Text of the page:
And Grande’s defenders do have a point, sort of. There are a million different ways to “appear Asian,” and it can feel reductive to claim that a lightened complexion and swipe of eyeliner is enough to make Florida-raised, Italian American Grande appear East Asian.

“It feels like Western society decided foxy eyes and brow lifts are ‘Asian,’” says Anna Ling, the model and creative director behind Maruchi House.

But while there’s no objective threshold for when something becomes Asianfishing, ignoring public outcry over appropriation perpetuates Asian people’s long-standing problems with erasure in the US – and beyond.

“Dismissing racial motivation just reinforces the fact that so much of the racism and microaggressions that we face as Asians is largely unknown or invisible to the general population,” says Melissa Magsaysay, a fashion and beauty journalist who leads content on Thirteen Lune, an e-commerce site elevating beauty brands by people of colour. “To tell an Asian person that emulating our eyes is not racist is the same kind of gaslighting we experienced across the board for so long.”

Additionally, He notes that “while those pursuing an ‘ethnically ambiguous look’ may be motivated by cultural or aesthetic appreciation, I would consider the impacts these trends have on minority populations rather than the intentions of mainstream adopters.”

Asianfishing and anti-Asian hate crimes are both on the rise

For many Asian Americans, it’s hard to see Asian features becoming trendy while anti-Asian stigma and violence continue largely unchecked in the U.S.

According to He, Asian women’s exoticisation in the US dates back to the Page Act of 1875, which banned Asian women from entering the country under the assumption that they were prostitutes and labourers. Centuries later, biases against Asian women as outsiders persist. During a time where a growing number of Asian Americans – particularly Asian women – report being victims of hate crimes, the idea of non-Asians gaining cultural cachet for the same traits that people of color are penalized for can spark anger and disillusionment.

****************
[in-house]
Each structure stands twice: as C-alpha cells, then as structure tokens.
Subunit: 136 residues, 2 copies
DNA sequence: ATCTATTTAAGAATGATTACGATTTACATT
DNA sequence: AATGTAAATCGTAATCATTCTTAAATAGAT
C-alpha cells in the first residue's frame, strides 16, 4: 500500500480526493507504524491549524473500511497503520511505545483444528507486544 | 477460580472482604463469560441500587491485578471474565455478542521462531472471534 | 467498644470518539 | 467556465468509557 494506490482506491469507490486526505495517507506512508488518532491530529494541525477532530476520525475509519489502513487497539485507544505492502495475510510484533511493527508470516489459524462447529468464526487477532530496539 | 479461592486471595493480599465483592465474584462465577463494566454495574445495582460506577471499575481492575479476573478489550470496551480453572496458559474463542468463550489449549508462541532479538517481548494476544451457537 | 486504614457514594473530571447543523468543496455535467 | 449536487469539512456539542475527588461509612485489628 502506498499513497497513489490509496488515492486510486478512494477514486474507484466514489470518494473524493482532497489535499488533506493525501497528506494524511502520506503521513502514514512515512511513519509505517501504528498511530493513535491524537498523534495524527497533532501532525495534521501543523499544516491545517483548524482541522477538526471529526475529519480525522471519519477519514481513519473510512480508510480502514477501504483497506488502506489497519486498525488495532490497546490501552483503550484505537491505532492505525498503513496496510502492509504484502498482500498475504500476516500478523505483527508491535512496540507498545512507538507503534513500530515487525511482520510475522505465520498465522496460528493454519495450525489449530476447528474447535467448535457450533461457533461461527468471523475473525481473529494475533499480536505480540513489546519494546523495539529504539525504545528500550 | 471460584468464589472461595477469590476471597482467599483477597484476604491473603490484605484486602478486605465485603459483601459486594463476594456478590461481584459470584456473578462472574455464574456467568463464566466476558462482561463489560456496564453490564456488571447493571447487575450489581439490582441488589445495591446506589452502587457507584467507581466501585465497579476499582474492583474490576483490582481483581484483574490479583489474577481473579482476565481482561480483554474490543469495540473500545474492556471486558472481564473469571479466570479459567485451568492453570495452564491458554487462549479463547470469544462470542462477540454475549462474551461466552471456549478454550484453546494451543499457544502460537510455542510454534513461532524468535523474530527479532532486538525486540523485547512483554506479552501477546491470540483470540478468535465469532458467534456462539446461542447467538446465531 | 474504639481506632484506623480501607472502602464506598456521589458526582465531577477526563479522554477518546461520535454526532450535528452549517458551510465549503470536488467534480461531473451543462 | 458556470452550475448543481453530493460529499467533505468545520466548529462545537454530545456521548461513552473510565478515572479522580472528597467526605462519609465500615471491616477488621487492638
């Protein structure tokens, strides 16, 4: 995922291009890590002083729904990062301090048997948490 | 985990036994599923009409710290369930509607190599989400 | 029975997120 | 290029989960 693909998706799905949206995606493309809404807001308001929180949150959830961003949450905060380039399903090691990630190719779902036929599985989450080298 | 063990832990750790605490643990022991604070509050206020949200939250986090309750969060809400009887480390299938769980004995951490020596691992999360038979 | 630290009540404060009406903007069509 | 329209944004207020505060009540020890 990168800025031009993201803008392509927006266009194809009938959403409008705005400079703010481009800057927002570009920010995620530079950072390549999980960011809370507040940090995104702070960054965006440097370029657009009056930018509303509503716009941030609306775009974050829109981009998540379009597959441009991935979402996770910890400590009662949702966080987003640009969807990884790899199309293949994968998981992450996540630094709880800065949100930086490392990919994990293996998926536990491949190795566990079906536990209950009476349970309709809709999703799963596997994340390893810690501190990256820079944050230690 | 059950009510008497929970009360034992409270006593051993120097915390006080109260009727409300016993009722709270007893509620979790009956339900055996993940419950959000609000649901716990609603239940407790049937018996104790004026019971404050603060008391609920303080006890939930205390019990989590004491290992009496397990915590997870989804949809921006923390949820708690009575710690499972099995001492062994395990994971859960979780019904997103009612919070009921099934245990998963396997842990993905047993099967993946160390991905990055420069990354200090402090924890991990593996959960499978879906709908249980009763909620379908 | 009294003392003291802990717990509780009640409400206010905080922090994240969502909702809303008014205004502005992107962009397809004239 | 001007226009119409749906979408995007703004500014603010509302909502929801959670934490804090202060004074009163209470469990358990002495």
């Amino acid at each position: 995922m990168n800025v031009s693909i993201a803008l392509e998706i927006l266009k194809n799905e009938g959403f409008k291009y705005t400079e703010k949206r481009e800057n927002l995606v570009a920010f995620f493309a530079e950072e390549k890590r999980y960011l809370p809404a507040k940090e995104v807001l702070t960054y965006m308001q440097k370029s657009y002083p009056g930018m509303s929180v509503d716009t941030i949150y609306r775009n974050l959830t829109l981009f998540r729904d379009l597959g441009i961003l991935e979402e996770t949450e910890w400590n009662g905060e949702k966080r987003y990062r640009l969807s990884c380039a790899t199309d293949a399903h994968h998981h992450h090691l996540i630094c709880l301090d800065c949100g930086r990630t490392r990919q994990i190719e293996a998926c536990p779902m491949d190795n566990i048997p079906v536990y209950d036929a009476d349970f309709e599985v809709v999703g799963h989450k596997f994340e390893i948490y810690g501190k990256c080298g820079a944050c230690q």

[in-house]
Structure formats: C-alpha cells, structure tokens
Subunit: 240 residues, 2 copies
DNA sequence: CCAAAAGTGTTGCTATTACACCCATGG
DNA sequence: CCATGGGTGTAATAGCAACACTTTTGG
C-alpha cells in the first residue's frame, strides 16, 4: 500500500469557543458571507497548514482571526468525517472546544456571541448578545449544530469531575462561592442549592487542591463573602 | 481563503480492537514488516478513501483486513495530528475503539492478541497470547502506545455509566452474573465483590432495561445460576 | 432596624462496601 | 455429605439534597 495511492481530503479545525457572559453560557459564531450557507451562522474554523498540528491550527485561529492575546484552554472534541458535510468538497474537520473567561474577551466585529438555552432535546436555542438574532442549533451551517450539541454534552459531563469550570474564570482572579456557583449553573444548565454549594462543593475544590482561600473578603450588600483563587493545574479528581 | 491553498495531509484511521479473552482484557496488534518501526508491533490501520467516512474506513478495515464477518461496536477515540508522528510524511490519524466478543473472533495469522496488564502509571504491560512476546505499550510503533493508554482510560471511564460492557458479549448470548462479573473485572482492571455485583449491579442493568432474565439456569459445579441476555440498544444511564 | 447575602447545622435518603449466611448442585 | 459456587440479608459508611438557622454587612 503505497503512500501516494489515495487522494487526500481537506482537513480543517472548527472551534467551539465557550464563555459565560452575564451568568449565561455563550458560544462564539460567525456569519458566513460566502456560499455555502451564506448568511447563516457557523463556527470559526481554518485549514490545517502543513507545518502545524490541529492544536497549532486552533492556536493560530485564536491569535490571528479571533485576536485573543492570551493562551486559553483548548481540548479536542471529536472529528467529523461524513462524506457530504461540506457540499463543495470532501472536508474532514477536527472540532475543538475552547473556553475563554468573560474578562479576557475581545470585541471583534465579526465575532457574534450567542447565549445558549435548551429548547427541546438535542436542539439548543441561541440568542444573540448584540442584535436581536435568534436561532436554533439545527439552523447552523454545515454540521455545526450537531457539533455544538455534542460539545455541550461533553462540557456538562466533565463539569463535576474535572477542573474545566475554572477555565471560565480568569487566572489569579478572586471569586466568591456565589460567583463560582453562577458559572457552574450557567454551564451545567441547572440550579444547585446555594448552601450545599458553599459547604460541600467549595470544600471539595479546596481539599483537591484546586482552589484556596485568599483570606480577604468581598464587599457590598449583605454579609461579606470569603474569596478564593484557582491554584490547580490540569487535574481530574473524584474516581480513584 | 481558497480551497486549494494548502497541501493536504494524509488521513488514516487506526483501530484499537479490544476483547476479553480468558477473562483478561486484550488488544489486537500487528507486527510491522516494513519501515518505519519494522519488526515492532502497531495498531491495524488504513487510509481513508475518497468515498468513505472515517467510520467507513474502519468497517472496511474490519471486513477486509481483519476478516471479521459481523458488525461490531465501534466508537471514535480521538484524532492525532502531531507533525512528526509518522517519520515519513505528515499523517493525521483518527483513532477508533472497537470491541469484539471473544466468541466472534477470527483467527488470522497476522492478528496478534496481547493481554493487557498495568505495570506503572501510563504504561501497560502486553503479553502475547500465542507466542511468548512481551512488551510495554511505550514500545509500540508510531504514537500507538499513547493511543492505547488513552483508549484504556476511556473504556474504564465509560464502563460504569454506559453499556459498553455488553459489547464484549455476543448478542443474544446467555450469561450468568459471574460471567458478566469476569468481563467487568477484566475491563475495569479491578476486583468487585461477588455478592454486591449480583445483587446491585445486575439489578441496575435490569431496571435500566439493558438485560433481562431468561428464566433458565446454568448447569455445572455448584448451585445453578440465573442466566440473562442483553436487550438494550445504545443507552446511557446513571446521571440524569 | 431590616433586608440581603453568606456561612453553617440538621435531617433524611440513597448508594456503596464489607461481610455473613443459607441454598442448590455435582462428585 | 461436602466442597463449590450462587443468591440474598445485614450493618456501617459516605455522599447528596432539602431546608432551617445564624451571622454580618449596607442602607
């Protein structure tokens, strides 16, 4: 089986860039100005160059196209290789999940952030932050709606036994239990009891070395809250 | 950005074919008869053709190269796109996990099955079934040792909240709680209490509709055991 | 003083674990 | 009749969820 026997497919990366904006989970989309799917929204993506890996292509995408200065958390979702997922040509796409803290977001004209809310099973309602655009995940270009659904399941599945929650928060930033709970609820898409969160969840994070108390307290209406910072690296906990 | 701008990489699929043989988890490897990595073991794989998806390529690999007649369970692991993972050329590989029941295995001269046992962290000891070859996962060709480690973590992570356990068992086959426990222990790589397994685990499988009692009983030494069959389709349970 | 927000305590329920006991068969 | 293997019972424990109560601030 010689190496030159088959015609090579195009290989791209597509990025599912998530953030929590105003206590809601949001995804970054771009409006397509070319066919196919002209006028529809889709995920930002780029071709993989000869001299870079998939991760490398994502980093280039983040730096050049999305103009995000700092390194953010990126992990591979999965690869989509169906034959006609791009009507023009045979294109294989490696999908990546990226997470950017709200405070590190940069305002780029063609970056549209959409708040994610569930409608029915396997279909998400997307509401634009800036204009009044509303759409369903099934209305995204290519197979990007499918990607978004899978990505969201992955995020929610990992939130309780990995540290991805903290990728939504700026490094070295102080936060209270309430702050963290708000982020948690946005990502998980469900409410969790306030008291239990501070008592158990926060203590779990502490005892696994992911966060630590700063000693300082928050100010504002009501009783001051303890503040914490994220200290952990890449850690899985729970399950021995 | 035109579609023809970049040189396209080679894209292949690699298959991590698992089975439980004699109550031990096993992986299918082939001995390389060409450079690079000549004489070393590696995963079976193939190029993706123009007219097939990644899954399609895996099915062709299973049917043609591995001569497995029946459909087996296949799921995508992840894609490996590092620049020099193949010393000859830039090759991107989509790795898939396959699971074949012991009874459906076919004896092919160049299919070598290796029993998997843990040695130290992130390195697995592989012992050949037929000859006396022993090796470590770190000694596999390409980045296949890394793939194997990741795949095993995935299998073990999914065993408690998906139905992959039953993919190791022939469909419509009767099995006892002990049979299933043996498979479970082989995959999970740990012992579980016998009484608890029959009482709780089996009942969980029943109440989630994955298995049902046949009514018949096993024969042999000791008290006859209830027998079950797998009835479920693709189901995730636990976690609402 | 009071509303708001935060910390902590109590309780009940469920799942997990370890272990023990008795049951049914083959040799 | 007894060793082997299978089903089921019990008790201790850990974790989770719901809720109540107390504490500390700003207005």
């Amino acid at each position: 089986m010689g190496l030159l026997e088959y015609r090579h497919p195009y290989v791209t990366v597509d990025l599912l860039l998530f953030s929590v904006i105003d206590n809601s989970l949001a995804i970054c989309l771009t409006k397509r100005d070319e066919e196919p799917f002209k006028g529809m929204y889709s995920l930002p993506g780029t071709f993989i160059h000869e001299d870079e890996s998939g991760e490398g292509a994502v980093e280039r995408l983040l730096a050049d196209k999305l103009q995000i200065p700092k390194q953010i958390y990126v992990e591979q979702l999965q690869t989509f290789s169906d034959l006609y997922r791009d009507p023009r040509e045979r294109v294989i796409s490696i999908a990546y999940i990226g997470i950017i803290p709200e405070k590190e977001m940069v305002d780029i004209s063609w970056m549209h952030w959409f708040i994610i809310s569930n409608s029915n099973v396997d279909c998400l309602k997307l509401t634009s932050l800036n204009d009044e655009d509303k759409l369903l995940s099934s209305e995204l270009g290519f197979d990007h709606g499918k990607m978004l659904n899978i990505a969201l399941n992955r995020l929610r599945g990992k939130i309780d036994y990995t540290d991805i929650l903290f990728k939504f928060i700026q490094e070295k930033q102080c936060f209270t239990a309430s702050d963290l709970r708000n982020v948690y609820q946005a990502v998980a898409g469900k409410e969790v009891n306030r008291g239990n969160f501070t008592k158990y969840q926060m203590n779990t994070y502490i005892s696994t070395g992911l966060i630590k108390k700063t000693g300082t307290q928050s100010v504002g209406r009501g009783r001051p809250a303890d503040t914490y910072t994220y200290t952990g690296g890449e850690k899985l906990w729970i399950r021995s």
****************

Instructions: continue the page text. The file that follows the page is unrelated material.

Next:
“As Asian women continue to experience discrimination and harassment related to their features, I am reminded that despite almond-shaped eyes being vogue, Western cultural and beauty standards dominate,” He said.

“Historically, we have been celebrated for certain things, but ignored, criticised and stereotyped for other things,” Magsaysay says. “Picking what suits you about an entire people is not just hurtful, it perpetuates the notion that we are not considered or useful in our fullness and beauty.”

Ethnically ambiguous beauty trends are a far cry from deadly attacks on Asian Americans. But as Stacy Lee Kong argued in a recent newsletter, “it’s hard not to think about how these different types of dehumanisation inform one another.” In order to imagine a future where Asians aren’t struggling with racist threats and discrimination, Asian people’s humanity must be accepted in full – not just as piecemeal trends that lack deeper cultural understanding.

“There will always be a group of people that imitate, but don’t appreciate the culture, heritage and traditions regarding beauty,” Ling says. “However, as … beauty standards diversify, I hope more people can appreciate and relate to the ‘new’ trends in the mainstream. I want to see Asian people as a part of the bigger picture rather than a token for others to excel.”

Magsaysay echoes her point. “We are beautiful in our entirety at all times, not just when it’s most convenient,” she says.